Circles of hell: Most people contract coronavirus from close contacts, claims study

Results of questionnaire involving nearly 100,000 people appear to suggest that facemasks and social distancing are working

People in Denmark are more likely to contract coronavirus through their close circle of friends, colleagues and family than any other means, according to a study carried out by Nordsjællands Hospital.

Carried out between October and December last year, it includes the responses of 90,000 people (out of 255,000 contacted), of which over a quarter were infected.

The study reveals that 69 percent of infected people in Denmark believe they probably got the coronavirus through a close contact.

Some 27 percent of all respondents blamed the workplace, 23 percent reckoned it happened at home, and 19 percent by a friend.

Proof that facemasks work?
Comparatively few blamed strangers, which surprised Dr Maria Lendorf, the project manager on the research project.

“It was a little surprising we did not find any increased risk of infection if you take public transport or go to grocery stores,” she told TV2.

The research was carried out at a time when cases were escalating during the second wave of the coronavirus, and while restaurants, bars and gyms were open, it was obligatory to wear facemasks.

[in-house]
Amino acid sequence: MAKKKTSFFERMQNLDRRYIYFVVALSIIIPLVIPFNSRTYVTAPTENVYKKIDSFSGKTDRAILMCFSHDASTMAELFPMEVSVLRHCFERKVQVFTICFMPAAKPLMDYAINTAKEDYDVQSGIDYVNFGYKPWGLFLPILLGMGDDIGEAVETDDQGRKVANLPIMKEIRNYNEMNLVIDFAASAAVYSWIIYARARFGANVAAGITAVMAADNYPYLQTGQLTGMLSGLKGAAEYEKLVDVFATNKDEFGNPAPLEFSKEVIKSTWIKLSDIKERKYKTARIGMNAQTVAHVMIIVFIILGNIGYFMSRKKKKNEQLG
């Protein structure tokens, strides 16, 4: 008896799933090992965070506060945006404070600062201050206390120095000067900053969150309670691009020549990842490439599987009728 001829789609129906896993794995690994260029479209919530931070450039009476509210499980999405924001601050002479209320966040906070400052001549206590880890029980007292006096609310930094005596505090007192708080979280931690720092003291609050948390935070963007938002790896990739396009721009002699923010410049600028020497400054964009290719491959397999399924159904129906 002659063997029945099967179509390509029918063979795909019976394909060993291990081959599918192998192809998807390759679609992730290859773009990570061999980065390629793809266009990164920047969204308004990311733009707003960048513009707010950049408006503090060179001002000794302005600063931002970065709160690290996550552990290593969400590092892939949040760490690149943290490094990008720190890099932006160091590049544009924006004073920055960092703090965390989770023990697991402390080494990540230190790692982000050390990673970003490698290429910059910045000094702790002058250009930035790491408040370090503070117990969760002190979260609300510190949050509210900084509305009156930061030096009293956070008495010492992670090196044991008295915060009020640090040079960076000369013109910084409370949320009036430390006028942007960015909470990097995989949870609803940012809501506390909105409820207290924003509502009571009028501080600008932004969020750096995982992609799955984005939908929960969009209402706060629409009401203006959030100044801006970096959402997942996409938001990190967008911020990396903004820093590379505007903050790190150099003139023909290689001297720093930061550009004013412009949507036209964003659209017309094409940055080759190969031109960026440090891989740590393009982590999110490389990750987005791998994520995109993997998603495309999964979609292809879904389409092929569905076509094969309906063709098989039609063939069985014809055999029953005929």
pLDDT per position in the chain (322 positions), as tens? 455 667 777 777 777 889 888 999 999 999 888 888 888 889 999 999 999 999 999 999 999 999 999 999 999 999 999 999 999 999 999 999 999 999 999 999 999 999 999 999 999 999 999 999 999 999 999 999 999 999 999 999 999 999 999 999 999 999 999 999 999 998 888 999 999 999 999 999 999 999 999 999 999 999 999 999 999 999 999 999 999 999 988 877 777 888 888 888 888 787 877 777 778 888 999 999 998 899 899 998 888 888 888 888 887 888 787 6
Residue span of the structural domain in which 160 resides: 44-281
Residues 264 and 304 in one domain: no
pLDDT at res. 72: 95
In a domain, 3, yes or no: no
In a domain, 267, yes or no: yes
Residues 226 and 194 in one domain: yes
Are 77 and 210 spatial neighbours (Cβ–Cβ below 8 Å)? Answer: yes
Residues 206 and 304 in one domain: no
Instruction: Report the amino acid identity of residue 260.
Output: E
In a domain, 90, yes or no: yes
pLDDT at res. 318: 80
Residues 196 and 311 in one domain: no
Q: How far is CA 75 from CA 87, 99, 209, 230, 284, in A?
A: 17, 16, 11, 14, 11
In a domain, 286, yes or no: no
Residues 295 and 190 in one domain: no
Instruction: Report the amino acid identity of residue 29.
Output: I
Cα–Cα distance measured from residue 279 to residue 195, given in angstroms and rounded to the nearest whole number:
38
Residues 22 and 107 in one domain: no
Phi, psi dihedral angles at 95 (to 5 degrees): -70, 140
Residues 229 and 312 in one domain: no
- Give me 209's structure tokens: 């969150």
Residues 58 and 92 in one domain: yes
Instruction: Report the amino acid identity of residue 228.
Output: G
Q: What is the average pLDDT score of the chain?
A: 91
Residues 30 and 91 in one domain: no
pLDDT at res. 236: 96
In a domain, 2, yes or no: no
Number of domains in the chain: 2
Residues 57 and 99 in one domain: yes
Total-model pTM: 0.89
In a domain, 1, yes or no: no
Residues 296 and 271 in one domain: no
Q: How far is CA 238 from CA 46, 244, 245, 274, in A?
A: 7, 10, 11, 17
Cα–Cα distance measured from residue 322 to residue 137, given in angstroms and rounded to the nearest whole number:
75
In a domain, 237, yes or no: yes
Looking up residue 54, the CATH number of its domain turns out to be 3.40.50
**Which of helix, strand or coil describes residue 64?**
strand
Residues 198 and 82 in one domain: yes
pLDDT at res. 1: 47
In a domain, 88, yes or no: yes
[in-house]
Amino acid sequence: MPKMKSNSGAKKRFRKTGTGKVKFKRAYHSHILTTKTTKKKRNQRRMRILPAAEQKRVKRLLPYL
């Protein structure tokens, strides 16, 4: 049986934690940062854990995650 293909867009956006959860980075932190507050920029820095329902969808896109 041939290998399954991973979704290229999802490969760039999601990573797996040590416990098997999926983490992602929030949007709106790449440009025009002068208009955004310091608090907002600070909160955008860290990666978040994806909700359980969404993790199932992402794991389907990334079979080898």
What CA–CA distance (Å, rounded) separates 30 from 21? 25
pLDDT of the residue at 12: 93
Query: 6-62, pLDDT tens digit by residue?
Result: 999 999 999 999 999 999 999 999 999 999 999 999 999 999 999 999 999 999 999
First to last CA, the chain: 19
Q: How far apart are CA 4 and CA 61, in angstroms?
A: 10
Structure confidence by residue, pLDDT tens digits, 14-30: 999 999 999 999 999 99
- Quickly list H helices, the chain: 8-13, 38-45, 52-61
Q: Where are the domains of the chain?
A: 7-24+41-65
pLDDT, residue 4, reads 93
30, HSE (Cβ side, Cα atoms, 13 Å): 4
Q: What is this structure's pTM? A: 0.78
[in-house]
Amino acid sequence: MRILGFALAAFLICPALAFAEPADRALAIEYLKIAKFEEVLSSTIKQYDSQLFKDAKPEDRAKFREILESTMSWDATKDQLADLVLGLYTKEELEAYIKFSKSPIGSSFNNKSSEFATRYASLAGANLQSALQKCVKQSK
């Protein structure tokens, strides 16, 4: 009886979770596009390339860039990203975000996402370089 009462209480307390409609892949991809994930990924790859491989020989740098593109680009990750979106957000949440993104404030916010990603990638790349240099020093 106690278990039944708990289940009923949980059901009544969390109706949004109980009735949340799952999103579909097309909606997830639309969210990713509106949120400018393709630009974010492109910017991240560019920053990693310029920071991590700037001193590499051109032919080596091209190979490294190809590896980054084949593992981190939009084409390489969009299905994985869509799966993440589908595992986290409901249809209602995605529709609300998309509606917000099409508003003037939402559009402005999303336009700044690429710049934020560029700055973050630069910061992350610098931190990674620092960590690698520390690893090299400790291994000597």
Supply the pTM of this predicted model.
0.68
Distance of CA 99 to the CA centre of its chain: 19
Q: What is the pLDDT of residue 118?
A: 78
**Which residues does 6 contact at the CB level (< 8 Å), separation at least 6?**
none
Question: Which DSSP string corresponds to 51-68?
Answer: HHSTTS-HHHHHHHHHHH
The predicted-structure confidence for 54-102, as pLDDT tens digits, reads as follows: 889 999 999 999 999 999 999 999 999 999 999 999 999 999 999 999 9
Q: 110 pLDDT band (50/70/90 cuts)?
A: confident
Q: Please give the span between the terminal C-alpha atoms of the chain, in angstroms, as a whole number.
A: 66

The study’s results could be seen as demonstrating that facemask restrictions are effective – or at least in the minds of the participants of the study.

And also social distancing
Lendorf also contends that the results show that social distancing works.

“We also asked if the citizens complied with the state recommendations to keep your distance, avoid handshakes and stay more at home,” she revealed.

“With the citizens who said ‘Yes’, we could see a lower risk of being tested positive.”

Additionally the study confirmed there are certain jobs where people are far more at risk, including healthcare workers, teachers and students.